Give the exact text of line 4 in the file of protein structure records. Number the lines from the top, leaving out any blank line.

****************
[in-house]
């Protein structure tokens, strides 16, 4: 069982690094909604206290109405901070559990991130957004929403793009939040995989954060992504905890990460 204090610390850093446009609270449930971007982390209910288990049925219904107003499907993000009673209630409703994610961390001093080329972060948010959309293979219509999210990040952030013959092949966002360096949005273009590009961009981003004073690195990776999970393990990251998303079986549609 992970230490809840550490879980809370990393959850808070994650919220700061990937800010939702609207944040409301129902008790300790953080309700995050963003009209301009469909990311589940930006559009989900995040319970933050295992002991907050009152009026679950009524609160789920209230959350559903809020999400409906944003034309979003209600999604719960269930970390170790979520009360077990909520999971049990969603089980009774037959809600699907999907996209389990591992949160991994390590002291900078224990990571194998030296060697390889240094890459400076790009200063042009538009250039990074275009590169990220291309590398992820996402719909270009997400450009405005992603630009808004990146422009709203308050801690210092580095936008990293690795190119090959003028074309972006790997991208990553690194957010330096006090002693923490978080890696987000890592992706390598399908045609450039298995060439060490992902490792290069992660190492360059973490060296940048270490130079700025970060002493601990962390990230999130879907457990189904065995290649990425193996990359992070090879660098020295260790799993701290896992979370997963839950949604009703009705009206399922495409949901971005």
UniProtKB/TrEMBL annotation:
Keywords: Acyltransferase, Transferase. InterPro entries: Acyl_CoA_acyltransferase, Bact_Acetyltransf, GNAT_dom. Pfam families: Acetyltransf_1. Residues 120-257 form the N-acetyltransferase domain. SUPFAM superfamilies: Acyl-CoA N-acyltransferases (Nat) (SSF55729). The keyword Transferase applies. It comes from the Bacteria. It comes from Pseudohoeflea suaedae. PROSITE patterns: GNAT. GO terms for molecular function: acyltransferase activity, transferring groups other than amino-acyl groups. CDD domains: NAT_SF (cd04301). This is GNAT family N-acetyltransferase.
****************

Keywords: Acyltransferase, Transferase. InterPro entries: Acyl_CoA_acyltransferase, Bact_Acetyltransf, GNAT_dom. Pfam families: Acetyltransf_1. Residues 120-257 form the N-acetyltransferase domain. SUPFAM superfamilies: Acyl-CoA N-acyltransferases (Nat) (SSF55729). The keyword Transferase applies. It comes from the Bacteria. It comes from Pseudohoeflea suaedae. PROSITE patterns: GNAT. GO terms for molecular function: acyltransferase activity, transferring groups other than amino-acyl groups. CDD domains: NAT_SF (cd04301). This is GNAT family N-acetyltransferase.